Occupy Wall Street is reported to be regrouping and searching for new ways to rekindle the hope on the left that, finally, the masses are awakening and people are lining up to fight against inequality. The slogan "We are the 99%" is held to show that a major leftist progressive theme has caught on. True, many agree OWS has not yet fleshed out its agenda or strategy; however, the energy is there, the commitment is visible, and the rest will come. Well not so fast.
As I see it, the American people, including those who took to the streets and parks, are distressed by the unfairness of it all -- but are not necessarily hooked on ending inequality or even taking it on as their main concern. Thus, one can be outraged about the fact that the Obama administration bailed out the banks but let millions of homeowners be kicked out of their homes -- without giving a thought to inequality. And one can fume about the fact that those who inherit money or make a living by speculating or gambling on Wall Street pay half as much in taxes as the rest of us who must work to make ends meet and still not see this as a matter of equality. The same is true for the fact that the rich are getting richer and the poorer -- poorer, and that those who cannot find jobs end up dying in Afghanistan much more often than those who have work.
Many that see these and other outrages in our public life seek fairness -- but not necessarily equality. Thus, they want all income to be taxed at the same rate, but not to eliminate differences in income or even to greatly reduce these differences. They do not mind that the rich get richer; they would like for those who are poor to have more of a chance to grow rich too. They are not troubled by the fact that many can afford to buy additional health insurance privately, above and beyond what Medicare or their employer provides; they only consider it unfair that some people cannot get any health insurance.
One may ask: what is the big difference? If the left wants to work for equality and many people seek fairness, cannot they meet promoting the same judicious policies? There are two major reasons to heed the difference. The language of equality will leave many who merely seek fairness unmoved and uninvolved. And some policies that go beyond promoting fairness and seek to advance equality will not be supported by many of the newly awakened masses. Thus, many Americans may well support a flat tax, but not one that is truly rather than nominally progressive; they may favor an estate tax -- but only on large estates; and they may support taxing money earned from capital gains and that earned from work at the same rate, but not raising the taxes on the rich to a point that equality can be attained.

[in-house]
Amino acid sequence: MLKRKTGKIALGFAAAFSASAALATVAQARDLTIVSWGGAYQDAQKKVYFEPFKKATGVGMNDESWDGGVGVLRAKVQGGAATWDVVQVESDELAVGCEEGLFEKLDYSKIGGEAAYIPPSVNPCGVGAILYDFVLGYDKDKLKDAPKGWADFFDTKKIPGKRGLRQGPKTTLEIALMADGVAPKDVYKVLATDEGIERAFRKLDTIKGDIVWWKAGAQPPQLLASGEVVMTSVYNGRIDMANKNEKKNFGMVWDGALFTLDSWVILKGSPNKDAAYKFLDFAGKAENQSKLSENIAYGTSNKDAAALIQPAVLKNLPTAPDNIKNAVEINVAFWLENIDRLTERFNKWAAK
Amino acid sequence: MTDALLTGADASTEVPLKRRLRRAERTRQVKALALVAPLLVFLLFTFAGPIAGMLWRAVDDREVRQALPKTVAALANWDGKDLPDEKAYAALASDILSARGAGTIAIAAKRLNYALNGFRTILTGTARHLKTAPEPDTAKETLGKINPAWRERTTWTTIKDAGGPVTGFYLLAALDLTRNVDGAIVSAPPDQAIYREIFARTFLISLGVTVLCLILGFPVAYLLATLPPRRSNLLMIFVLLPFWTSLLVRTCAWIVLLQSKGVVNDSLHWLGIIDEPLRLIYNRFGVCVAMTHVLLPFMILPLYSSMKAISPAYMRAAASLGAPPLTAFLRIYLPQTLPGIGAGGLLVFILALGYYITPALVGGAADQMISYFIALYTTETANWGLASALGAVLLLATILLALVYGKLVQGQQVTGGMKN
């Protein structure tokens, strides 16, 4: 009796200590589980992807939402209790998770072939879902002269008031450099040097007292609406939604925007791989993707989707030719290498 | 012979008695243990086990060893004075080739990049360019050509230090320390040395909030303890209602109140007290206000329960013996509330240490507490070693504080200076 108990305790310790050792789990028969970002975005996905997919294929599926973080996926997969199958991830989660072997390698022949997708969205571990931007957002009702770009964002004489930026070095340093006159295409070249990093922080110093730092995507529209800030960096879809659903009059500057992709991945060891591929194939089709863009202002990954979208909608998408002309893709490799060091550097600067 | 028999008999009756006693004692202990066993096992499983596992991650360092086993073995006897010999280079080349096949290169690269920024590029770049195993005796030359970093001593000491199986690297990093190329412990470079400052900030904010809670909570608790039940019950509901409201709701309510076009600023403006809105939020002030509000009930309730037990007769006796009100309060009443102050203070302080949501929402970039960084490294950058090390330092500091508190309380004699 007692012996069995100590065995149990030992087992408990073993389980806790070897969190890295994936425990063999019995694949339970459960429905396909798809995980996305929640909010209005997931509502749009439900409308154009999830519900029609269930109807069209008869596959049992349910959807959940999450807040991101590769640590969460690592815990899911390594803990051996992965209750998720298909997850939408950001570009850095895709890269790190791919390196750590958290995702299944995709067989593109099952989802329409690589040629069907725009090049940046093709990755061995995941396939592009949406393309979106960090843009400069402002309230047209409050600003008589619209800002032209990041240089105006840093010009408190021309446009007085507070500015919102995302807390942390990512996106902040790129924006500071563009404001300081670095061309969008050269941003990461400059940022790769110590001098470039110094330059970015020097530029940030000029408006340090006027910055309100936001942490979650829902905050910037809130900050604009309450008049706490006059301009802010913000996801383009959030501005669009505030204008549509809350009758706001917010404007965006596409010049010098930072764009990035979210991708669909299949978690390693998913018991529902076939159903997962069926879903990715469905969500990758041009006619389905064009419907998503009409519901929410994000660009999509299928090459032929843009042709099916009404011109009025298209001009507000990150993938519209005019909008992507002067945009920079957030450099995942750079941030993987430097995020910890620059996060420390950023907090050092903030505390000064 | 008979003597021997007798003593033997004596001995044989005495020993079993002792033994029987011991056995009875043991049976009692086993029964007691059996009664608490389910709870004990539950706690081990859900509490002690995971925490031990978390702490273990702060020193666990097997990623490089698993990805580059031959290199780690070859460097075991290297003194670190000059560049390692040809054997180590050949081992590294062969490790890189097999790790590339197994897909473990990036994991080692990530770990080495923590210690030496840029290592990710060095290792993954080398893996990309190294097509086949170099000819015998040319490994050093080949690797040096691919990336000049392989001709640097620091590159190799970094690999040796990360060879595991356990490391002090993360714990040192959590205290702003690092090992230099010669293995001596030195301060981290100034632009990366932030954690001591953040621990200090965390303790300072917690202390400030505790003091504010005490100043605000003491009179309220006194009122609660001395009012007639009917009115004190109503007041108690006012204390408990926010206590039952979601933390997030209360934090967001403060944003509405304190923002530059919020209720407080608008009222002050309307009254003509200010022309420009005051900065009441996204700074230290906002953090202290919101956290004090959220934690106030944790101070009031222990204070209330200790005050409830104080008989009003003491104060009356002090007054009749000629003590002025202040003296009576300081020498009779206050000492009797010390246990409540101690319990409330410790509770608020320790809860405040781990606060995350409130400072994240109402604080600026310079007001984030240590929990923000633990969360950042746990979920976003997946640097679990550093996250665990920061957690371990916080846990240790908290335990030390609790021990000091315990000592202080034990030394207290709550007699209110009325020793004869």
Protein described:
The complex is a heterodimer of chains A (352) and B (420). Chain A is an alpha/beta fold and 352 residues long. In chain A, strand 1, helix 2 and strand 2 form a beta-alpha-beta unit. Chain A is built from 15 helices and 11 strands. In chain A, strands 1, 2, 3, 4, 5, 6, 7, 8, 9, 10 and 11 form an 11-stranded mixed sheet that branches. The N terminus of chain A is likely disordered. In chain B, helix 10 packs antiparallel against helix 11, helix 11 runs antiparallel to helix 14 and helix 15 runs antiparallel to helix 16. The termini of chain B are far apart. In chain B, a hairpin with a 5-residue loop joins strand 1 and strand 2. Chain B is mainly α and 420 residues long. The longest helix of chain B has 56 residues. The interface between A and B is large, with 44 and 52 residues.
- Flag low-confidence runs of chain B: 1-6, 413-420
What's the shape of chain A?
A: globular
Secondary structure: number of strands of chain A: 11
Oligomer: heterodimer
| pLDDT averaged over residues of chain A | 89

In determining how the left -- and its new hoped-for expression in OWS -- will frame the issues and policies that are to advance social justice, it had best take into account that inequality is a difficult concept. People often differ on whether they favor equality of opportunity or of results. Many agree that a high level of equality is not compatible with a free society. Some argue that we should make up for inequalities that are generated by nature, while others oppose it. In contrast, ask any six-year-old (as I did) what is fair, and they will have rather clear answers. As OWS is looking for new directions, promoting fairness should top the list.
Amitai Etzioni is a University Professor at The George Washington University and the author of The Moral Dimension (Free Press, 1990).
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